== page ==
A Kangxi Blue and White Porcelain Plate, None-Imperial Kangxi Six Character Mark and of the Period. The Central Design is of Ladies, `Long Eliza` (Lange Lyzen), in a Garden Landscape with a Building to Their Right. One Lady Holds a Small Sprig of Flowers or Just Leaves While the Other Holds a Fan. The Diaper Border Broken by Four Cartouches Containing Three Peaches. The Base with a Six Character Kangxi Mark.
Condition: The plate has numerous small chips, many are mostly if not all glaze chips. Chips that include porcelain ; at ! o'clock c.4 x 2 mm, at 9 o'clock c.7 x 1 mm and 3 x 1 mm. 10 glaze chips to the back near the rim, mostly tiny, 4 x 2 mm is the largest. The others are from 2 x 2 mm to 1 x 1
Size: Diameter : 21.6 cm (8 inches).
References:For Kangxi blue and white porcelain plates of this type, with Chenghua (Ming) marks see our `Sold Items` 19319 and 19320.
For a Kangxi blue and white plate of a very similar type but with a scene of the Rotterdam Riot see our `Sold Items` number 19470.
Kangxi Plates with Figure Decoration :
Kangxi blue and white porcelain figure decorated plates of this type were very popular in Holland where the elegant Chinese ladies were referred to as Lange Lyzen. The shape, size and tones of blue employed, as well as the white pearly glaze, are very similar to the well known `Rotterdam Riot` plates which can be dated to c.1692-1695. Unlike the political subject of the Rotterdam Riot plates, the figure as a subject matter was not ephemeral. Therefore it is likely the figure decorated plates were made over a longer period, this is further confirmed by the large extant number known. It is certain that the production must have overlapped as the two types are very similar in every way except the central design.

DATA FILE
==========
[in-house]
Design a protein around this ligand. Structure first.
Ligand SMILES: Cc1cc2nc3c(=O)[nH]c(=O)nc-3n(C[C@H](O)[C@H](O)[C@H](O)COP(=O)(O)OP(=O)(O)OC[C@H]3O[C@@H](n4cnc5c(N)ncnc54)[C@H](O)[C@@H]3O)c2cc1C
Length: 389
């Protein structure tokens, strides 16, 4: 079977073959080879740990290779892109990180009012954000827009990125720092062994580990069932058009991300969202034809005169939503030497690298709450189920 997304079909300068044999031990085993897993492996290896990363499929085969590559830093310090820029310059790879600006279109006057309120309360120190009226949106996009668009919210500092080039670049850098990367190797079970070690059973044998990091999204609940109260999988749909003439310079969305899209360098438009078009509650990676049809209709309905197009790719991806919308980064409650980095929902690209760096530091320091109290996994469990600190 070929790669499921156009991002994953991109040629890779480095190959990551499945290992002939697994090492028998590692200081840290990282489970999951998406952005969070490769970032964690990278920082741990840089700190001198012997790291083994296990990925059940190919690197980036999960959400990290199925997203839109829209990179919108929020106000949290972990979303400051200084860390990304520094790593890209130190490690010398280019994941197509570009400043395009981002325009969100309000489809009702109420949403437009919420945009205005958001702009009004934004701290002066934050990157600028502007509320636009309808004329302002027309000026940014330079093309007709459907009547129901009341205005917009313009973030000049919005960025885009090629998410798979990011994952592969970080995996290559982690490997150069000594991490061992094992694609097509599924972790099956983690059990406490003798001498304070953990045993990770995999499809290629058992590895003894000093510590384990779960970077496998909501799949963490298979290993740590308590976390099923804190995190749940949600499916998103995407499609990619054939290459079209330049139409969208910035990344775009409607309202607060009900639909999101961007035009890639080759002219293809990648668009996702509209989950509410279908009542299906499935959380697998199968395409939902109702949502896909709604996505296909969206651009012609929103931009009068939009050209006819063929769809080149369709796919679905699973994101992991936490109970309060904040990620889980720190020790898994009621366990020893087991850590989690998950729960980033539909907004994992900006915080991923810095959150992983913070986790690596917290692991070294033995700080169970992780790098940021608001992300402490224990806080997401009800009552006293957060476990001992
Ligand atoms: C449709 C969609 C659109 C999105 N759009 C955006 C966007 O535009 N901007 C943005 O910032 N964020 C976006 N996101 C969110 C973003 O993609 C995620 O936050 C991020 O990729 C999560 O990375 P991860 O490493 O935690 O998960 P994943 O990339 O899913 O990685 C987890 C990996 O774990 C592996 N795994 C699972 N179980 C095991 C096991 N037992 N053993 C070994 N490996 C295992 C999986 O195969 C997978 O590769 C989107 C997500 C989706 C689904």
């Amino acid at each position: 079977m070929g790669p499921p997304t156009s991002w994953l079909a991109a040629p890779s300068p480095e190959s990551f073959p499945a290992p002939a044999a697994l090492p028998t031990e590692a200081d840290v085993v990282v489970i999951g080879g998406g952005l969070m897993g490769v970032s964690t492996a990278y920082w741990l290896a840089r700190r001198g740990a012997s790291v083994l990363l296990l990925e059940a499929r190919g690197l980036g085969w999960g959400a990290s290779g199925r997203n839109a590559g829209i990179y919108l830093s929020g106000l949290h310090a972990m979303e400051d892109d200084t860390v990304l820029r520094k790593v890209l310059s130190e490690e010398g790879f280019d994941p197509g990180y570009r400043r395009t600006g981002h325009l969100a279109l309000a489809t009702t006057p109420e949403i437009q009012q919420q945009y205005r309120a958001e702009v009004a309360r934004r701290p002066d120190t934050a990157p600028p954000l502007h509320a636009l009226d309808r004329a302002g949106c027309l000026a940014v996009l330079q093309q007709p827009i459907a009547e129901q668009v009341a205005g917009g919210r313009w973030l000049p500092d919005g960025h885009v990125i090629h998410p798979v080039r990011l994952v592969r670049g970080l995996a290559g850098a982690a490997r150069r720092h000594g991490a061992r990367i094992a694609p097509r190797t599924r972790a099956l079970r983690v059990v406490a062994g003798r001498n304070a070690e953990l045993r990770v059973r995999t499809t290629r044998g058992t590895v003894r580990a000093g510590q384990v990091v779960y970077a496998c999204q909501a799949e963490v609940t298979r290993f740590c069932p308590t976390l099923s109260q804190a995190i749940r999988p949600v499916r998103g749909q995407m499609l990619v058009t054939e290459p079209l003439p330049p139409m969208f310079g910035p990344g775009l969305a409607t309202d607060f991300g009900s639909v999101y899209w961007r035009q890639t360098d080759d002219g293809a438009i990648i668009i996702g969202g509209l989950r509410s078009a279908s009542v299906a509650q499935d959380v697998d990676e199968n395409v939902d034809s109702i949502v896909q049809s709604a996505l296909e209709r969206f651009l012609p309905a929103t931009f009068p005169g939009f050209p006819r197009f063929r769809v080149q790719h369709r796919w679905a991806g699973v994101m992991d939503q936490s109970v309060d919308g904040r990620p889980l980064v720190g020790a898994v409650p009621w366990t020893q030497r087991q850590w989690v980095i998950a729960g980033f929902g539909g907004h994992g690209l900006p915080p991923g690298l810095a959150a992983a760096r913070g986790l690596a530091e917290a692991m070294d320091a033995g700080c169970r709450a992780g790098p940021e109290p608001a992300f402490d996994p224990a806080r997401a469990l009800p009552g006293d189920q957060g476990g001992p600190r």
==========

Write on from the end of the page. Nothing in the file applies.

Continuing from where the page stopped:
Reign Marks on Kangxi Blue and White Porcelain :
Kangxi blue and white export porcelain object are sometimes found with the six character mark of the emperor Kangxi (1662-1722) to the base. These none-imperial reign marks are referred to as minyao in Chinese, denoting them as `popular wares` not destined for court use. However the majority of the marked pieces bare the mark of earlier Ming dynasty emperors, some are Jiajing (1522-1566), occasionally Wanli (1573-1620) but by far the most commonly encountered marks are those of Chenghua (1465-1487). David Howard in `The Choice of the Private Trader` (David S. Howard, Zwemmer, 1994) notes that “The Chenghua mark …. was not intended as a forgery, but rather as a compliment to the quality of the piece and to replace the mark of Kangxi who had forbidden the use of his name on porcelain made for export after 1682; a ban which nominally remained in force until the late 19th century”. It appears this ban was not enforced, or if it was only partly enforced, as we have had many Kangxi export pieces made after this date (1682) that bare the six character Kangxi mark. It is worth noting that many 19th century copies of Kangxi blue and white porcelain bare a four character Kangxi mark, something you do not on the original, all Kangxi marks on porcelain of the period were of six character form.